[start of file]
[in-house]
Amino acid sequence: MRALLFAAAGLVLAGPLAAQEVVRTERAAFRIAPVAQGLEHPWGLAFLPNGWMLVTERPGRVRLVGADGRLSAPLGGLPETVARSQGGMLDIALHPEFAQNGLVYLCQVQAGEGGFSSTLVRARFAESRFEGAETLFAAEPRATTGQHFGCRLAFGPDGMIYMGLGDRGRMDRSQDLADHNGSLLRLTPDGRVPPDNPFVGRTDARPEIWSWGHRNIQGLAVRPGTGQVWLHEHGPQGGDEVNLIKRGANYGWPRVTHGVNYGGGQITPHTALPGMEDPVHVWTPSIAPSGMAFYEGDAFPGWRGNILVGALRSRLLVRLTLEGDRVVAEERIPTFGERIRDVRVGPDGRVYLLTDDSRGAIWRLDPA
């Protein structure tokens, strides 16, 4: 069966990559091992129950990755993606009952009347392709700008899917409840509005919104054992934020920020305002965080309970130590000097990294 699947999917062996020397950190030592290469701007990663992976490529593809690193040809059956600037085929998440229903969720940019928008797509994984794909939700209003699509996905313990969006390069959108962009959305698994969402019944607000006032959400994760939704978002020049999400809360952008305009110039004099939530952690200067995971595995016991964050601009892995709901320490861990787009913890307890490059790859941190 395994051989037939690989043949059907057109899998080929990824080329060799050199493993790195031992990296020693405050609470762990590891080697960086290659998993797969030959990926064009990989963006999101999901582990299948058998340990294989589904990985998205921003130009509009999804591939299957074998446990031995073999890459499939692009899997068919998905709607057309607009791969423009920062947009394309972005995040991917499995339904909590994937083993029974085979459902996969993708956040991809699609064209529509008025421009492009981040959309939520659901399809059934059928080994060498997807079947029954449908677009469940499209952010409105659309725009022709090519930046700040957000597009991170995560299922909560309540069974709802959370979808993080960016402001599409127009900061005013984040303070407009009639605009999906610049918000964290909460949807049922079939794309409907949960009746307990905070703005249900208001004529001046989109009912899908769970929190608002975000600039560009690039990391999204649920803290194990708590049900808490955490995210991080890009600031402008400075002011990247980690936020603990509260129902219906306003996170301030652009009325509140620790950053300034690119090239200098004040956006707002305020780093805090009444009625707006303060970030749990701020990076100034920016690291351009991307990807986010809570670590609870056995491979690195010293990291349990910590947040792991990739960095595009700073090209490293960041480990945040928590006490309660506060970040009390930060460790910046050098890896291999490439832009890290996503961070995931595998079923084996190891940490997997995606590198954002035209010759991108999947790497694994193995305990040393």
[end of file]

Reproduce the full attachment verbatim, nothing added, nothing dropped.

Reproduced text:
[in-house]
Amino acid sequence: MRALLFAAAGLVLAGPLAAQEVVRTERAAFRIAPVAQGLEHPWGLAFLPNGWMLVTERPGRVRLVGADGRLSAPLGGLPETVARSQGGMLDIALHPEFAQNGLVYLCQVQAGEGGFSSTLVRARFAESRFEGAETLFAAEPRATTGQHFGCRLAFGPDGMIYMGLGDRGRMDRSQDLADHNGSLLRLTPDGRVPPDNPFVGRTDARPEIWSWGHRNIQGLAVRPGTGQVWLHEHGPQGGDEVNLIKRGANYGWPRVTHGVNYGGGQITPHTALPGMEDPVHVWTPSIAPSGMAFYEGDAFPGWRGNILVGALRSRLLVRLTLEGDRVVAEERIPTFGERIRDVRVGPDGRVYLLTDDSRGAIWRLDPA
């Protein structure tokens, strides 16, 4: 069966990559091992129950990755993606009952009347392709700008899917409840509005919104054992934020920020305002965080309970130590000097990294 699947999917062996020397950190030592290469701007990663992976490529593809690193040809059956600037085929998440229903969720940019928008797509994984794909939700209003699509996905313990969006390069959108962009959305698994969402019944607000006032959400994760939704978002020049999400809360952008305009110039004099939530952690200067995971595995016991964050601009892995709901320490861990787009913890307890490059790859941190 395994051989037939690989043949059907057109899998080929990824080329060799050199493993790195031992990296020693405050609470762990590891080697960086290659998993797969030959990926064009990989963006999101999901582990299948058998340990294989589904990985998205921003130009509009999804591939299957074998446990031995073999890459499939692009899997068919998905709607057309607009791969423009920062947009394309972005995040991917499995339904909590994937083993029974085979459902996969993708956040991809699609064209529509008025421009492009981040959309939520659901399809059934059928080994060498997807079947029954449908677009469940499209952010409105659309725009022709090519930046700040957000597009991170995560299922909560309540069974709802959370979808993080960016402001599409127009900061005013984040303070407009009639605009999906610049918000964290909460949807049922079939794309409907949960009746307990905070703005249900208001004529001046989109009912899908769970929190608002975000600039560009690039990391999204649920803290194990708590049900808490955490995210991080890009600031402008400075002011990247980690936020603990509260129902219906306003996170301030652009009325509140620790950053300034690119090239200098004040956006707002305020780093805090009444009625707006303060970030749990701020990076100034920016690291351009991307990807986010809570670590609870056995491979690195010293990291349990910590947040792991990739960095595009700073090209490293960041480990945040928590006490309660506060970040009390930060460790910046050098890896291999490439832009890290996503961070995931595998079923084996190891940490997997995606590198954002035209010759991108999947790497694994193995305990040393």